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Bargain hunters will be unhappy this holiday season, as retailers hold back on discounts

"The wow factor deals are just not out there anymore," said one deal shopper.
Shoppers Inside A J.C. Penney Store For Black Friday Sales
Shoppers receive Black Friday fliers and coupons at a J.C. Penney Co. store in Garden City, N.Y., on Nov. 22, 2018.David Williams / Bloomberg via Getty Images file

Amid a supply chain crunch and shipping snarls that have kept retailers scrambling to keep shelves stocked, shoppers panicking about not finding enough gifts will face another shortage this season — deals.

Across the board, retailers including Best Buy, Kohl’s and Macy’s have limited the number of discounts at their stores as billions of dollars of merchandise sits on container ships at American ports.

Rising prices, increased disposable income driven by stimulus money and record retail bankruptcies have also led retailers to roll out fewer promotions, according to company earnings calls and retail analysts.

“Our goal is not to accelerate in promotional activity, but we’ll also see where the landscape goes and make sure that we’re continuing to gain share,” Ulta Beauty CEO Dave Kimbell told investors last month. “But we won’t be leading promotional activity.”

This year’s promotional levels have been at historic lows, Macy’s Chief Financial Officer Adrian Mitchell told investors in September. The company is focused on items with higher average price points, he said, adding that Macy's has "been more thoughtful about the categories that need promotion."

Holiday spending is expected to grow by as much as 10.5 percent, compared to 2020.

According to recent forecasts from the National Retail Federation, holiday spending is expected to “shatter previous records,” with sales growing between $843.4 billion and $859 billion, an 8.5 percent to 10.5 percent growth rate from 2020. While much of this growth may be attributed to retail’s emerging pricing power, it is shaping up to be a heavier hit on shoppers' wallets as they head in to the holiday season.

“Retailers will be careful to manage inventory based on shortages as well as oversupply,” Marshal Cohen, retail chief industry adviser at NPD market research firm, told NBC News in an email. “Look for promotions to match last year’s, just not as big or with as many deep discounts. As long as consumers spend early, retailers will promote less.”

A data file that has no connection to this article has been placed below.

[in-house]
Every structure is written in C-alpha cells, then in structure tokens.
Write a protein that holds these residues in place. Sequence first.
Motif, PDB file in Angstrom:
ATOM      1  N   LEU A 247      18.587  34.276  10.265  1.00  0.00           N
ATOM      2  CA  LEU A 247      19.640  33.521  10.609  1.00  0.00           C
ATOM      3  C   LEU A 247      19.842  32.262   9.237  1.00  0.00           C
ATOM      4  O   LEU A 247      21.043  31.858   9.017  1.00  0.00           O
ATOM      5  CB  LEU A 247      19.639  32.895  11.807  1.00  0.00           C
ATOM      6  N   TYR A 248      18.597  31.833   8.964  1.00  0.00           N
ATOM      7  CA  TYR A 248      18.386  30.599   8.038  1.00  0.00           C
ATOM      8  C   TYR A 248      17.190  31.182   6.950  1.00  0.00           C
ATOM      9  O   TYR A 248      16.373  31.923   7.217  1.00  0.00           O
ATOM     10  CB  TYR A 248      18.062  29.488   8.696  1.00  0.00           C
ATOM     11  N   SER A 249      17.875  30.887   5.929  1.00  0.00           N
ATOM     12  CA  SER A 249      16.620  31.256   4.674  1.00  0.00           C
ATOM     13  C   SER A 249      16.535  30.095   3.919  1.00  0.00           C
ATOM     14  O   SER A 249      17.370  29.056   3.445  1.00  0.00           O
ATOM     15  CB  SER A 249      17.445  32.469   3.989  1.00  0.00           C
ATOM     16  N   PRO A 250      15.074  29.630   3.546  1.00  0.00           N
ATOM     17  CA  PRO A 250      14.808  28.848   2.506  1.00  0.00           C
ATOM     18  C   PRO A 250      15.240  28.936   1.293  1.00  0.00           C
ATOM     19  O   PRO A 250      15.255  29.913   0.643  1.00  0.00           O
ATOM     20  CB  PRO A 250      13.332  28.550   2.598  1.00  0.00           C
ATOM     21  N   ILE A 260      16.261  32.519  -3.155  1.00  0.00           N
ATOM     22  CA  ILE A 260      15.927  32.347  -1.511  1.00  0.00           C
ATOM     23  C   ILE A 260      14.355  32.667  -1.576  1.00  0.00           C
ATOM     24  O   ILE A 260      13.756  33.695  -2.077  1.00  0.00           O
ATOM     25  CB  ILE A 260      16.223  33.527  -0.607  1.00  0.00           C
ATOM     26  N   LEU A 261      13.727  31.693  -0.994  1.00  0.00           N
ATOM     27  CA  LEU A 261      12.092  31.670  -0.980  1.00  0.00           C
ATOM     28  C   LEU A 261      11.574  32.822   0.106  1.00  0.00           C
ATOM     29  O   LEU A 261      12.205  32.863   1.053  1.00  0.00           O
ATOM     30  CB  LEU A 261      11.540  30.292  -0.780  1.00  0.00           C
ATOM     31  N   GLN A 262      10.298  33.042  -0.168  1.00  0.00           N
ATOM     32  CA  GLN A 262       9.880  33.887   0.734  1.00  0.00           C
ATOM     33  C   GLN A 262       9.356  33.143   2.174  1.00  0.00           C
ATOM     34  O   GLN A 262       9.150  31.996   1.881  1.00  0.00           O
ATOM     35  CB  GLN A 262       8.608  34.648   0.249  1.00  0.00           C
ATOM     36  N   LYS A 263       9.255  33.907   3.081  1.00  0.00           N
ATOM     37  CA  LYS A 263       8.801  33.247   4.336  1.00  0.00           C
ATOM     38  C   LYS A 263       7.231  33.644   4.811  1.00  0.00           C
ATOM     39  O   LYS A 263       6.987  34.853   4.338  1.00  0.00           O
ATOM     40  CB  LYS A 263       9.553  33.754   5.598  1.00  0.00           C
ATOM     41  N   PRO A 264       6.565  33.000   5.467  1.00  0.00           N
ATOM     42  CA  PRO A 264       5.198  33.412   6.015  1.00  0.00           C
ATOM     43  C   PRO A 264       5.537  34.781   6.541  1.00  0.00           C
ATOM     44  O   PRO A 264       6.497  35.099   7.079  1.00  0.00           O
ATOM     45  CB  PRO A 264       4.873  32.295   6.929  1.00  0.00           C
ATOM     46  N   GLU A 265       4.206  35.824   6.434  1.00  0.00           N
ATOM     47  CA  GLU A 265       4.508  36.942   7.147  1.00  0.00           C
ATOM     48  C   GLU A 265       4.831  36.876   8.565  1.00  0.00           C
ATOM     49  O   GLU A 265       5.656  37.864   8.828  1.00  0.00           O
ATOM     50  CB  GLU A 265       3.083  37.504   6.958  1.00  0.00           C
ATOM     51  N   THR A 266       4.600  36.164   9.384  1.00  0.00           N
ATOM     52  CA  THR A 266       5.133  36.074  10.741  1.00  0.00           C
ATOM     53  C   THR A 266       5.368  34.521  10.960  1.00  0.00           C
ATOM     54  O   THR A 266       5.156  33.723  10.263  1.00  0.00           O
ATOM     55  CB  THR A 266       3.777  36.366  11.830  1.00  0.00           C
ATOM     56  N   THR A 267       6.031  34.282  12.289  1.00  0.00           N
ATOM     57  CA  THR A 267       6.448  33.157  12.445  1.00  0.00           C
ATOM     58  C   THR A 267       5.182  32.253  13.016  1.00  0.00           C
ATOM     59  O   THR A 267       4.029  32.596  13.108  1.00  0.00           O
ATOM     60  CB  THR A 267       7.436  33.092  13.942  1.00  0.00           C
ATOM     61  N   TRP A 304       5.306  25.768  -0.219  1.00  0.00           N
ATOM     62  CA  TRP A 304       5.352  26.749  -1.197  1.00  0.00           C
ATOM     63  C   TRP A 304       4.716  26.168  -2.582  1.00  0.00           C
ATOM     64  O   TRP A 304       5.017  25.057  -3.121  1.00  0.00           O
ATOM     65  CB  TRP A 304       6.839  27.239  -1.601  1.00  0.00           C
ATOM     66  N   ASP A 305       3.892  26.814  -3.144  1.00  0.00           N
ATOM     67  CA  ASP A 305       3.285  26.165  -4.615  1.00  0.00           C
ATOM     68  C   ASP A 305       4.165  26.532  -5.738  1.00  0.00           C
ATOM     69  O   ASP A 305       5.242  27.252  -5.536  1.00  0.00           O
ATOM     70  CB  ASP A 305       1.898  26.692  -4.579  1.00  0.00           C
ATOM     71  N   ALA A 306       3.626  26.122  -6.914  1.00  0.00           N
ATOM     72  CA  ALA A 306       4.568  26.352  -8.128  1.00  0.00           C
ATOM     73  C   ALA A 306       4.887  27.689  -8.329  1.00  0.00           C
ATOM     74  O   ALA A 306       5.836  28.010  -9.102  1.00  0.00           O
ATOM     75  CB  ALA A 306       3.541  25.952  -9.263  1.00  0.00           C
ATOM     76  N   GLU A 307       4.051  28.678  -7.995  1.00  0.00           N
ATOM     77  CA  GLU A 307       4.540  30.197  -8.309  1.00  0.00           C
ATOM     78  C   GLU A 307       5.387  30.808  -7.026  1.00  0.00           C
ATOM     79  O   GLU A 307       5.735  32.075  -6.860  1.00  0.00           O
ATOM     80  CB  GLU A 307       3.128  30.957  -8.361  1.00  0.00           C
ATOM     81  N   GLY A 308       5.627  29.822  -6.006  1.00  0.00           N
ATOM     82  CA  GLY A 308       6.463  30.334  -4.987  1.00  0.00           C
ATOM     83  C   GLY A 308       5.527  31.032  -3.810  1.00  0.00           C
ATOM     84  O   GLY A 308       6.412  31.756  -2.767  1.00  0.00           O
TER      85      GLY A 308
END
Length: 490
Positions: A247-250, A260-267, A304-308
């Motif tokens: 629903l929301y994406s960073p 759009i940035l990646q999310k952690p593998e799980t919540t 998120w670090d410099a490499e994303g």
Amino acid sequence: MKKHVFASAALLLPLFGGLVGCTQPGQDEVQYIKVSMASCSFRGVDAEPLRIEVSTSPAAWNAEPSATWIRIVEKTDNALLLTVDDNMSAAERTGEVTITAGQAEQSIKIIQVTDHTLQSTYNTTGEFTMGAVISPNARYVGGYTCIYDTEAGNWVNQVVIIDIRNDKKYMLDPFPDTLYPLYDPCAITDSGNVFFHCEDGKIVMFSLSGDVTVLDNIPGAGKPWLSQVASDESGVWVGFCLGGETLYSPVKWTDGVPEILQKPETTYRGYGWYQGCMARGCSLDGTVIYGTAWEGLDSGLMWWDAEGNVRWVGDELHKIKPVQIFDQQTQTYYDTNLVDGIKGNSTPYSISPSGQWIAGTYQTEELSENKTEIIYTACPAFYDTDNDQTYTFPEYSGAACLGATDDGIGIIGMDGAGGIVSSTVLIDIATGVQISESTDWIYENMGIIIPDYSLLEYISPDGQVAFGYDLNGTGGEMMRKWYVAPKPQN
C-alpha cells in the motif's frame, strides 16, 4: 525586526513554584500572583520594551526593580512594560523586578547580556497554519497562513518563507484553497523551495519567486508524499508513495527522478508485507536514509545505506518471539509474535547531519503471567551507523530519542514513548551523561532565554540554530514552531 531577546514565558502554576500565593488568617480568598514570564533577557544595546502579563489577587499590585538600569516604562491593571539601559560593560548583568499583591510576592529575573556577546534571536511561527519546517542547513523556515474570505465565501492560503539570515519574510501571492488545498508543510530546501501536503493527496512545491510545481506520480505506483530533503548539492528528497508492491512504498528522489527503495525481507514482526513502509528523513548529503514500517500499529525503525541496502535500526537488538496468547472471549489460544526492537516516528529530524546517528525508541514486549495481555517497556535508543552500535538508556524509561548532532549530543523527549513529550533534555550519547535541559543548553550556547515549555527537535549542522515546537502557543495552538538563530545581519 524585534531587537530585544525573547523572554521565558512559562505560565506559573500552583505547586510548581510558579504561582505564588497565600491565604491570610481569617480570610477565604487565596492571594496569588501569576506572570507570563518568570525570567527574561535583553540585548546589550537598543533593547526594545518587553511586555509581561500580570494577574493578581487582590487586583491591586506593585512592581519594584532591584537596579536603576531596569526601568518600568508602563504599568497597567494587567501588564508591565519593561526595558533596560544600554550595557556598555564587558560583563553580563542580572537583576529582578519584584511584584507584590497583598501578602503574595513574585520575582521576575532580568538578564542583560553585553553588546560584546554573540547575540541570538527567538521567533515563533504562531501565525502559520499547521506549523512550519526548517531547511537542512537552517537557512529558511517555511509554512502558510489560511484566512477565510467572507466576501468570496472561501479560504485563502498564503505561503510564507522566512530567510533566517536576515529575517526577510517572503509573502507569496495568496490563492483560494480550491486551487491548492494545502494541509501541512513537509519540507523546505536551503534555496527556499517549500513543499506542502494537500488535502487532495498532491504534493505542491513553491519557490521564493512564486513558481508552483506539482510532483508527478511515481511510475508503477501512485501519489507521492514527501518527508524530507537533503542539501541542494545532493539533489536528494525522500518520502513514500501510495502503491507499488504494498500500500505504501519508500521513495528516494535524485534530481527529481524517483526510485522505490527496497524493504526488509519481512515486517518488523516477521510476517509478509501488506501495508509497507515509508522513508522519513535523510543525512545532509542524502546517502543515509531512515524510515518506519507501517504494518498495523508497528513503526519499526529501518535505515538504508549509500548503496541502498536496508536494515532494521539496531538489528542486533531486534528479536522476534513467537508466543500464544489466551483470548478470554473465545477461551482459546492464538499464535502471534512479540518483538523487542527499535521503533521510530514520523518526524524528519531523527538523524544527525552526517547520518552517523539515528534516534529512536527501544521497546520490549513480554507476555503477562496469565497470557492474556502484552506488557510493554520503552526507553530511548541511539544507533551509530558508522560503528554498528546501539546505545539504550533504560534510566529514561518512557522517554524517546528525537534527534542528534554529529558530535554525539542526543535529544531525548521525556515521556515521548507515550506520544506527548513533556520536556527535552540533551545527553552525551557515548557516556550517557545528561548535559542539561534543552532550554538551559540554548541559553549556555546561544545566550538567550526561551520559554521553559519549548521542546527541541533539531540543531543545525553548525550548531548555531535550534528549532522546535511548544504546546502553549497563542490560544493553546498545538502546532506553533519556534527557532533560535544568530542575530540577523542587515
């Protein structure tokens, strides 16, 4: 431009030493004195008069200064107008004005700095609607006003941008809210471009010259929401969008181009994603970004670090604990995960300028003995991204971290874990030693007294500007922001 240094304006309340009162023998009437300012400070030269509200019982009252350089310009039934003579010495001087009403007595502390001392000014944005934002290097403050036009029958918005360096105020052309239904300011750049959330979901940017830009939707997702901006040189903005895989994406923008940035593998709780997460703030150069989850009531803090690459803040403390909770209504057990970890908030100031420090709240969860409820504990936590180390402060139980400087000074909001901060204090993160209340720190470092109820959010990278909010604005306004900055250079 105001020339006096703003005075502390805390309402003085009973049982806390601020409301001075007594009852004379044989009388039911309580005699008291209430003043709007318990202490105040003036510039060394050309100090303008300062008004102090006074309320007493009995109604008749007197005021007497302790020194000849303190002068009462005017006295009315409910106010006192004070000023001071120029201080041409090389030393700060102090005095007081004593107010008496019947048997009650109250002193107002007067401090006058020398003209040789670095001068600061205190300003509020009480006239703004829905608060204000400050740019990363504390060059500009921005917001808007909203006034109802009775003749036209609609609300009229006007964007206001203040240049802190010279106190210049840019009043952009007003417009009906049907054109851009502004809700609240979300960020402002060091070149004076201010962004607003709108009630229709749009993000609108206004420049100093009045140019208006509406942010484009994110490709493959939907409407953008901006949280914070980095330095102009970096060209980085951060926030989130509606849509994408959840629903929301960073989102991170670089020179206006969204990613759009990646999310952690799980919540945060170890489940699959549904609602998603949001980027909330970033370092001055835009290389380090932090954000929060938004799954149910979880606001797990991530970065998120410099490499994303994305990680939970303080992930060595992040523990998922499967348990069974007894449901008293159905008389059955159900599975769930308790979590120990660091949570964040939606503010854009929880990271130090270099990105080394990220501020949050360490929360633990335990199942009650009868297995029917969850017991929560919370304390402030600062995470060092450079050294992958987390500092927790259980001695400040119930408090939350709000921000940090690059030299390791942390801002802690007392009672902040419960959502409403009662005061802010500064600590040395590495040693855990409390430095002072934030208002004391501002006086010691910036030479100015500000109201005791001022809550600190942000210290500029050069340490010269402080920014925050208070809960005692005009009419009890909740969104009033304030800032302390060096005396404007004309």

Already, shoppers have been paying more. This year, Labor Day and Memorial Day sales saw price drops of between 2 to 7 percent across electronics, toys, and furniture and bedding — a slim discount compared to 2020 and 2019 when prices dropped by between 5 and 11 percent, according to Adobe Analytics.

“You will find retailers look at early signals of how consumers are shopping to see about pricing,” said Rod Sides, Deloitte vice chairman and lead of the firm’s U.S. retail and distribution practice. “We will see how inventory plays out and retailers might cut back on promotions because of inventory.”

As long as consumers spend early, retailers will promote less.

Matthew Shay, president and CEO of the National Retail Federation, told reporters in a media call Wednesday that despite ongoing supply chain challenges, retailers are prepared for the holiday season with plenty of inventory. Retailers are focused on nudging shoppers toward in-stock items when they find an item they were looking for is no longer available, he said.

Still, retailers have announced holiday deals at a rapid clip well before Halloween even took hold. Walmart already ran two Black Friday ads, which include deals on Apple AirPods, Roku streaming sticks and Lego bricks. Kohl’s recently announced its holiday sales campaign and already wrapped an early holiday shopping event last week that included deals on Ninja kitchen appliances, Vans sneakers and Calvin Klein intimate apparel. Lowe’s announced the Season of Savings event, which began Thursday, where it plans to drop new savings every week.

But this year, promotions may not be focused across a broad sector of items or free shipping but price matching guarantees, said Kristin McGrath, shopping editor and expert at RetailMeNot, in an email to NBC News.

“Take Best Buy as an example — these are promos that allow shoppers to get a refund of the difference if something they bought early goes on sale for a lower price before Black Friday,” McGrath said. “Whereas, in the past, retailers enticed shoppers with free shipping, this year, they’re trying to instill confidence in early shopping.”

Target is also offering price matching. Between now and Dec. 24, shoppers can request a price match if the price of a purchase goes lower later on at Target.

Shoppers have already begun to refine their shopping strategies to nab deals while they are available. Marvinette Hale, a professional discount shopper based in Hanover, Pennsylvania, told NBC News that more shoppers are staying up until midnight stalking deals online to scoop up a discounted item before it’s gone.

“The wow factor deals are just not out there anymore, especially right now,” she said. “I definitely do think people are looking for discounts now and trying to save more money.”

Instead of coupons and browsing online and in-store sales, she’s leaning more on rewards credit cards to get deals and gas discounts.

“Always by now you’re hearing about that one hot toy — and you’re not even hearing about that right now,” she said. “It’s dead."